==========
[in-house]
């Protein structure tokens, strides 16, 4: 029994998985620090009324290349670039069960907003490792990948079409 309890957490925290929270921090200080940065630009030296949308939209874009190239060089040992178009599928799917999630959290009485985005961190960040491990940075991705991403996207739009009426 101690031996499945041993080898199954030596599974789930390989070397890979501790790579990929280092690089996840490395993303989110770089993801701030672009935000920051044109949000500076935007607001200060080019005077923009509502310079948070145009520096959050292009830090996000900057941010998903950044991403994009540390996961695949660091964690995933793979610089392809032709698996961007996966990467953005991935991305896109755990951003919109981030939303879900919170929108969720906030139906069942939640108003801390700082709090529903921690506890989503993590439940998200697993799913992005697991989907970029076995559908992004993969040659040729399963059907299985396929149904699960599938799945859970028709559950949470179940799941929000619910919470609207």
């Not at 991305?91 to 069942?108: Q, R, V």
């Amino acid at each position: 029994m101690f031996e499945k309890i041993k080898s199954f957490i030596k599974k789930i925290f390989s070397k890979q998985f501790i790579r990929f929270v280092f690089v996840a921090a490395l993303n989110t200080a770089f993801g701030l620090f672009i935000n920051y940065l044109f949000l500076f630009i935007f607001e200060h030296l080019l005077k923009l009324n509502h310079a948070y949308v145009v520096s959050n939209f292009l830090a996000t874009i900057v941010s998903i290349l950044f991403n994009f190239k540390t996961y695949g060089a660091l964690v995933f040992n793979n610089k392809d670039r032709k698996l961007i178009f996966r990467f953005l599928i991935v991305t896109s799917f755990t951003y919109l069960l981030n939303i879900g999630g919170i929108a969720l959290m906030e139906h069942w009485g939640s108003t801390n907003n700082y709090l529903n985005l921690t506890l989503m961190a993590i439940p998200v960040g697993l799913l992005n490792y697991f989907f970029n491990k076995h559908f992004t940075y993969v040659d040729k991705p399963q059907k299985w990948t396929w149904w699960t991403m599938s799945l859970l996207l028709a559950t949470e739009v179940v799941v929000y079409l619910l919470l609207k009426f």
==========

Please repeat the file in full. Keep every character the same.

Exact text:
[in-house]
């Protein structure tokens, strides 16, 4: 029994998985620090009324290349670039069960907003490792990948079409 309890957490925290929270921090200080940065630009030296949308939209874009190239060089040992178009599928799917999630959290009485985005961190960040491990940075991705991403996207739009009426 101690031996499945041993080898199954030596599974789930390989070397890979501790790579990929280092690089996840490395993303989110770089993801701030672009935000920051044109949000500076935007607001200060080019005077923009509502310079948070145009520096959050292009830090996000900057941010998903950044991403994009540390996961695949660091964690995933793979610089392809032709698996961007996966990467953005991935991305896109755990951003919109981030939303879900919170929108969720906030139906069942939640108003801390700082709090529903921690506890989503993590439940998200697993799913992005697991989907970029076995559908992004993969040659040729399963059907299985396929149904699960599938799945859970028709559950949470179940799941929000619910919470609207």
């Not at 991305?91 to 069942?108: Q, R, V």
């Amino acid at each position: 029994m101690f031996e499945k309890i041993k080898s199954f957490i030596k599974k789930i925290f390989s070397k890979q998985f501790i790579r990929f929270v280092f690089v996840a921090a490395l993303n989110t200080a770089f993801g701030l620090f672009i935000n920051y940065l044109f949000l500076f630009i935007f607001e200060h030296l080019l005077k923009l009324n509502h310079a948070y949308v145009v520096s959050n939209f292009l830090a996000t874009i900057v941010s998903i290349l950044f991403n994009f190239k540390t996961y695949g060089a660091l964690v995933f040992n793979n610089k392809d670039r032709k698996l961007i178009f996966r990467f953005l599928i991935v991305t896109s799917f755990t951003y919109l069960l981030n939303i879900g999630g919170i929108a969720l959290m906030e139906h069942w009485g939640s108003t801390n907003n700082y709090l529903n985005l921690t506890l989503m961190a993590i439940p998200v960040g697993l799913l992005n490792y697991f989907f970029n491990k076995h559908f992004t940075y993969v040659d040729k991705p399963q059907k299985w990948t396929w149904w699960t991403m599938s799945l859970l996207l028709a559950t949470e739009v179940v799941v929000y079409l619910l919470l609207k009426f």